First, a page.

Despite pleas from several environmental groups, the Corpus Christi City Council approved $450,000 to pay for permit fees for two proposed desalination plants. The 7-2 vote came at the council’s meeting December 17. Members Gil Hernandez and Rudy Garza Jr. did not vote for approval of the plants, which are slated for the Inner Harbor and the La Quinta Channel.
Protestors spoke against the plants, pointing to potential environmental problems and noting the move would draw even more industry to the area.
“We do not want to become Texas City or Port Arthur or Houma, Louisiana,” said Jim Klein of the Clean Economy Coalition. “Desal plants are part of the reckless rush to industrialize the Coastal Bend.”
Neil McQueen, vice chair of Surfrider Foundation Coastal Bend, called for a different approach to increasing water supply.
“We’ve got to stop thinking about the bay as a toilet,” he said, referring to discharge from the plants. “We’re all in favor of jobs, but we also need to think about diversification of the economy.”
New sources of water will be essential, not just for industrial use but also for residential, answered Mayor Joe McComb, adding that the water will be potable.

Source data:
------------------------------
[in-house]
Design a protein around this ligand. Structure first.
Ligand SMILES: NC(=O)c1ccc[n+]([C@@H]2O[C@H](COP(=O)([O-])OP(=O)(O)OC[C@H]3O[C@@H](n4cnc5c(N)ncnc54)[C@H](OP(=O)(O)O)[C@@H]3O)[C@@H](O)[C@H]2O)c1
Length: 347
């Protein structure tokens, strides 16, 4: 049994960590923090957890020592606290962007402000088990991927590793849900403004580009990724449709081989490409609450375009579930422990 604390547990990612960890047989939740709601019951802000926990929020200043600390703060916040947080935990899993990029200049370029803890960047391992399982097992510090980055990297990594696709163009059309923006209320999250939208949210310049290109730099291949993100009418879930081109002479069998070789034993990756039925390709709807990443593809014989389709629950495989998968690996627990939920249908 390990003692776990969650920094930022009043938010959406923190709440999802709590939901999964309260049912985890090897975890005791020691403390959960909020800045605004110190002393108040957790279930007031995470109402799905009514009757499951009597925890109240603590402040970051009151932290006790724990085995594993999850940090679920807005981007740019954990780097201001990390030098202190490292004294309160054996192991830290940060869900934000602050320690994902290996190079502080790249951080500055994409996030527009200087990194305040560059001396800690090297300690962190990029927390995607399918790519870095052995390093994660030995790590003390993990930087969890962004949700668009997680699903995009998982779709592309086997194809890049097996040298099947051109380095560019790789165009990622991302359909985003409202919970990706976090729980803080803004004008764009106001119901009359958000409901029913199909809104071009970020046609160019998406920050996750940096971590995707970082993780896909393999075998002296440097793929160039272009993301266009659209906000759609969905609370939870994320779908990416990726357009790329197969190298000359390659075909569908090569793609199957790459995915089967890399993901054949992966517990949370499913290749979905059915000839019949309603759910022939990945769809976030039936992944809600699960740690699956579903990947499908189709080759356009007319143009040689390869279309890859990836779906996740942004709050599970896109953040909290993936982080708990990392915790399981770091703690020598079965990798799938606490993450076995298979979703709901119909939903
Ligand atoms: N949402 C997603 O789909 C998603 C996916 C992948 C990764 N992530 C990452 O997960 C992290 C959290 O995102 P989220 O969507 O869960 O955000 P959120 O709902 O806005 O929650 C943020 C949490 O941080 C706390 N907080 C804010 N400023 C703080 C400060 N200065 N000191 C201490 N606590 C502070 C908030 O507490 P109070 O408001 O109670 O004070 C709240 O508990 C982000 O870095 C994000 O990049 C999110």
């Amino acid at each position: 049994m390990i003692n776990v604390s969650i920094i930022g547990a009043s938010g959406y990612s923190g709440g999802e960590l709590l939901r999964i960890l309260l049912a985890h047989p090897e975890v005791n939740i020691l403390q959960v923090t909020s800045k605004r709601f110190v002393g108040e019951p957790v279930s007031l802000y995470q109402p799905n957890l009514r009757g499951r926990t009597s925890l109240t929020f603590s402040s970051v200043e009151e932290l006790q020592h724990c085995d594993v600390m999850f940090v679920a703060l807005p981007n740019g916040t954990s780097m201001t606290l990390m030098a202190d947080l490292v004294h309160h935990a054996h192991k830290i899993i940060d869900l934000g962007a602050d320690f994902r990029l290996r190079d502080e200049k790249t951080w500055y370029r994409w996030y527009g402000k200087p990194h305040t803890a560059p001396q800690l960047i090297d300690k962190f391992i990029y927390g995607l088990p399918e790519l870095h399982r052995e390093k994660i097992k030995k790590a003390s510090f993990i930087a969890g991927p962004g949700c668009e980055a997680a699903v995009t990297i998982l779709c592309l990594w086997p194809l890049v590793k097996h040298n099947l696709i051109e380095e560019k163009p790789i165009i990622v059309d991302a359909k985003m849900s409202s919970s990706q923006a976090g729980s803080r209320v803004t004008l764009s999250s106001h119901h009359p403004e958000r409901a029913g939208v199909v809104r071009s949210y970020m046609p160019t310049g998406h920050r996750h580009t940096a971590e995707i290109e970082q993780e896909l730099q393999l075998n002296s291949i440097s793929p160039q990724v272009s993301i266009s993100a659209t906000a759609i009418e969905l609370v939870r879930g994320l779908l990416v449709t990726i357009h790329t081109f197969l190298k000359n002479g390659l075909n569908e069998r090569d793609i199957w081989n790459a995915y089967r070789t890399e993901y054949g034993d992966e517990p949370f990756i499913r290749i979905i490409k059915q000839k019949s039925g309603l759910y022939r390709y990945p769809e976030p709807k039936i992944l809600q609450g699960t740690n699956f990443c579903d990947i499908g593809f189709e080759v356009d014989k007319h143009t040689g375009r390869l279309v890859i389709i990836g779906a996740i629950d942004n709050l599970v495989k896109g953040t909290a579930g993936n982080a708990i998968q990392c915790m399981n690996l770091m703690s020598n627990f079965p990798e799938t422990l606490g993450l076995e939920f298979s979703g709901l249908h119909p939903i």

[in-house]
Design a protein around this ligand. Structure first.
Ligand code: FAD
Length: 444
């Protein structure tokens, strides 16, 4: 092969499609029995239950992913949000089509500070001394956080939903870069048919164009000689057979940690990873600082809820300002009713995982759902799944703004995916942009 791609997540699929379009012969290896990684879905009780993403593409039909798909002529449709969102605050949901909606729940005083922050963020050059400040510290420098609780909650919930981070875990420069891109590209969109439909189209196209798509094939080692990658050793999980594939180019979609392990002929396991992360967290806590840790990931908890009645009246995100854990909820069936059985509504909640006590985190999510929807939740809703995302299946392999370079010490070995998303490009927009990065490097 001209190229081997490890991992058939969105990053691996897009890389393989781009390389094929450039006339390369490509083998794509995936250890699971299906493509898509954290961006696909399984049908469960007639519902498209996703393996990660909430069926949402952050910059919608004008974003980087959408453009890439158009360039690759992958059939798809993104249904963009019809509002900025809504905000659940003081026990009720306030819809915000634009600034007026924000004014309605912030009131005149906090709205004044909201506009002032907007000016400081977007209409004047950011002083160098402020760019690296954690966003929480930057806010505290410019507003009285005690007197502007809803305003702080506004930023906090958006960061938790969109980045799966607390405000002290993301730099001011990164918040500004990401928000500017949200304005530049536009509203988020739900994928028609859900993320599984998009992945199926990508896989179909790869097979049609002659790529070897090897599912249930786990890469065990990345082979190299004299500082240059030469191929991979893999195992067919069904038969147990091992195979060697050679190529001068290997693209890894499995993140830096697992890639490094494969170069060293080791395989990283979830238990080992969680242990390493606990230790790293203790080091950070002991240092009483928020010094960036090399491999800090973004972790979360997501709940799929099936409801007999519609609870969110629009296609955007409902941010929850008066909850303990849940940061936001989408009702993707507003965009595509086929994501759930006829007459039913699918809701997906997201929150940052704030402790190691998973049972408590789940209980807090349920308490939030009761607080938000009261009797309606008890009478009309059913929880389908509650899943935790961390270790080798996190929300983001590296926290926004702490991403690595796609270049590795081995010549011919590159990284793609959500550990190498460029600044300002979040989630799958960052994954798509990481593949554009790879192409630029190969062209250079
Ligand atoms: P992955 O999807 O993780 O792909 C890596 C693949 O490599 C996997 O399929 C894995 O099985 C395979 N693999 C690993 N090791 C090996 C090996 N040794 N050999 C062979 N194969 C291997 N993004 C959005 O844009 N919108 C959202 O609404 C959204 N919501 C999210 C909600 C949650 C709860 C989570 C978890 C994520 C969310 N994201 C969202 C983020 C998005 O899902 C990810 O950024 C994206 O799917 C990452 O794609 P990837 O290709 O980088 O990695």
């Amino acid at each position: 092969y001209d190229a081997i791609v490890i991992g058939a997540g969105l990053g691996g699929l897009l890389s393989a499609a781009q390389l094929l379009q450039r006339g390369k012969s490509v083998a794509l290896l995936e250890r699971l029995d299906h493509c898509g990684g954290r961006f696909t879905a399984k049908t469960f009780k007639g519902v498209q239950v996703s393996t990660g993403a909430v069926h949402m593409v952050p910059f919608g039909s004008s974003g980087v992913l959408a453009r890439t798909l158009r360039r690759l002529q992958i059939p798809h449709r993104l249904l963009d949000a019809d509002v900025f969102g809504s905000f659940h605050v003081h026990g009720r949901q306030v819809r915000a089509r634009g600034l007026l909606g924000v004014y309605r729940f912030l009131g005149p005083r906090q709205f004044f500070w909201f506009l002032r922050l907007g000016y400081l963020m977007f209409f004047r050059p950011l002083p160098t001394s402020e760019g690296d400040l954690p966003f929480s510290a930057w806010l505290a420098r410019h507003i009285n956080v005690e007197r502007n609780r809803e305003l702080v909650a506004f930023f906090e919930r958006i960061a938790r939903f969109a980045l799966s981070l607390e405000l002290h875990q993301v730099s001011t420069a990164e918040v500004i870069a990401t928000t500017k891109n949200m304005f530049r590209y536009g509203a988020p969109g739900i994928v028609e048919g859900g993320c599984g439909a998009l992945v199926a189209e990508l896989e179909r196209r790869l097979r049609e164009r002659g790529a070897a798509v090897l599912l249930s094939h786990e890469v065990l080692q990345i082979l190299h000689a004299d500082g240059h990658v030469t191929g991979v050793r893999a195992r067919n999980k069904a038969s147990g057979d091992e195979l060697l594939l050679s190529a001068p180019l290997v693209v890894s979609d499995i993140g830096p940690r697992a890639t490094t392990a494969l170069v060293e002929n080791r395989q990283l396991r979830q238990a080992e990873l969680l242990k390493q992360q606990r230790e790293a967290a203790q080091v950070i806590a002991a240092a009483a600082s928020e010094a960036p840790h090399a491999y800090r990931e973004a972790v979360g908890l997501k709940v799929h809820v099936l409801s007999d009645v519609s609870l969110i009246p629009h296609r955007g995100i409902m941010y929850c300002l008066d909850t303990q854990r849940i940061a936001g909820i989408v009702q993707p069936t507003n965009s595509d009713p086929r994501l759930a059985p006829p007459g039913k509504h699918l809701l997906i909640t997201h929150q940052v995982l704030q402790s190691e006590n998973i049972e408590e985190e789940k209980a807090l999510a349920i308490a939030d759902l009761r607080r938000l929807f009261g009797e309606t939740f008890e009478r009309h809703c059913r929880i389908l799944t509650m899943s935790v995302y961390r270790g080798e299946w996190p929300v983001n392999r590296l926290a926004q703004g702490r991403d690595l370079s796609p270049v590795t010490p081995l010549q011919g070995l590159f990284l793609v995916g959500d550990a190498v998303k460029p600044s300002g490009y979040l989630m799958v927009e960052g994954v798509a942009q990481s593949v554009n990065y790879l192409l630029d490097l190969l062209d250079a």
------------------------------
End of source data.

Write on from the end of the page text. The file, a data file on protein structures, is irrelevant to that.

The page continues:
“If we are going to continue to grow and create jobs and expand Corpus Christi, we have to have a dependable, uninterruptible water supply,” McComb said.
Questions also were raised about ratepayers footing the bill for industry, another allegation McComb said was not true. According to city staff, the plants would be funded through industrial surcharges.
As for the environment, council member Greg Smith assured those at the meeting that new technology has made the plants more efficient and environmentally sensitive.
“We’re very concerned about what happens to our area and, in particular, the environment,” Smith said. “We’ve been working on this for six years, and I would not support anything that damages our bay system.”
The city’s two desalination plants are not the only ones proposed for the area. The Port of Corpus Christi is seeking permits for two plants on Harbor Island, while the city of Ingleside is involved in a private-public partnership to build one as well.